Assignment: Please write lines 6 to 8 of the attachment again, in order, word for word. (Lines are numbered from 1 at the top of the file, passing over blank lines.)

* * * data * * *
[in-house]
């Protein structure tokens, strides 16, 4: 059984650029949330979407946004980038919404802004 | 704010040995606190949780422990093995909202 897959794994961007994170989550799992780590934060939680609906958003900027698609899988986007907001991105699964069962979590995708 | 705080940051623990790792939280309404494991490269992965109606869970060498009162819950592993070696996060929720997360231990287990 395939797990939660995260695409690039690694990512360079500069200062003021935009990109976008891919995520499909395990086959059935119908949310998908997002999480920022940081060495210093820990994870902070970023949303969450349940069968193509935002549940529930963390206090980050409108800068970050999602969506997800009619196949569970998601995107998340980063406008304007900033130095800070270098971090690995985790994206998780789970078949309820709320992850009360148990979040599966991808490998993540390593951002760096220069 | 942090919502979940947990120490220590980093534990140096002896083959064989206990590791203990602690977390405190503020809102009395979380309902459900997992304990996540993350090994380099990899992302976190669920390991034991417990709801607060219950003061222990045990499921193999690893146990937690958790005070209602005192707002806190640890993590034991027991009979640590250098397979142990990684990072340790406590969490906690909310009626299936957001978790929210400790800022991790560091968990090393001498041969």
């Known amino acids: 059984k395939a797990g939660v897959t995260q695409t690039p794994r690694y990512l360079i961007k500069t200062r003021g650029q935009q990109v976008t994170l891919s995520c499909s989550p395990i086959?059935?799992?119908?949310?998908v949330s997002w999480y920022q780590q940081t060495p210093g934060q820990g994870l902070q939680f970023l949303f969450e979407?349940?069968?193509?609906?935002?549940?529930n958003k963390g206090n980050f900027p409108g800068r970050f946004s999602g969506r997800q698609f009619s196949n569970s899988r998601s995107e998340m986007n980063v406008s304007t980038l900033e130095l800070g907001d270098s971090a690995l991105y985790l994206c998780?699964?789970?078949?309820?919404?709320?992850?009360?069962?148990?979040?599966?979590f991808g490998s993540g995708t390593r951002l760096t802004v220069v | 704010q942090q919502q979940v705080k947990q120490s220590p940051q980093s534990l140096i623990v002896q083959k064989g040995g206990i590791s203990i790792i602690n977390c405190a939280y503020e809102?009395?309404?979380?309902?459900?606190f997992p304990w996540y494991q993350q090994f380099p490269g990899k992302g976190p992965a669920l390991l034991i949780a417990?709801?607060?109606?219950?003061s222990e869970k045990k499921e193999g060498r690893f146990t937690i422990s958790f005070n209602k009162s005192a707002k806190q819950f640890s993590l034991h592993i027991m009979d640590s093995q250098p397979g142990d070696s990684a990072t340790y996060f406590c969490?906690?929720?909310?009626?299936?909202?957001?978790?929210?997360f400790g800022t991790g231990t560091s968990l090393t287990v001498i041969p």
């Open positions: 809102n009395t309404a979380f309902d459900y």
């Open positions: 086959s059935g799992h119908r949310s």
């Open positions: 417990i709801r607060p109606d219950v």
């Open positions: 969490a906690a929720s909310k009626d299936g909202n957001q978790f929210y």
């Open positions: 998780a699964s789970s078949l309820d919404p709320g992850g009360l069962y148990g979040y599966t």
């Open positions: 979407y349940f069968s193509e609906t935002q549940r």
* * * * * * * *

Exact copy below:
């Open positions: 417990i709801r607060p109606d219950v």
């Open positions: 969490a906690a929720s909310k009626d299936g909202n957001q978790f929210y």
């Open positions: 998780a699964s789970s078949l309820d919404p709320g992850g009360l069962y148990g979040y599966t």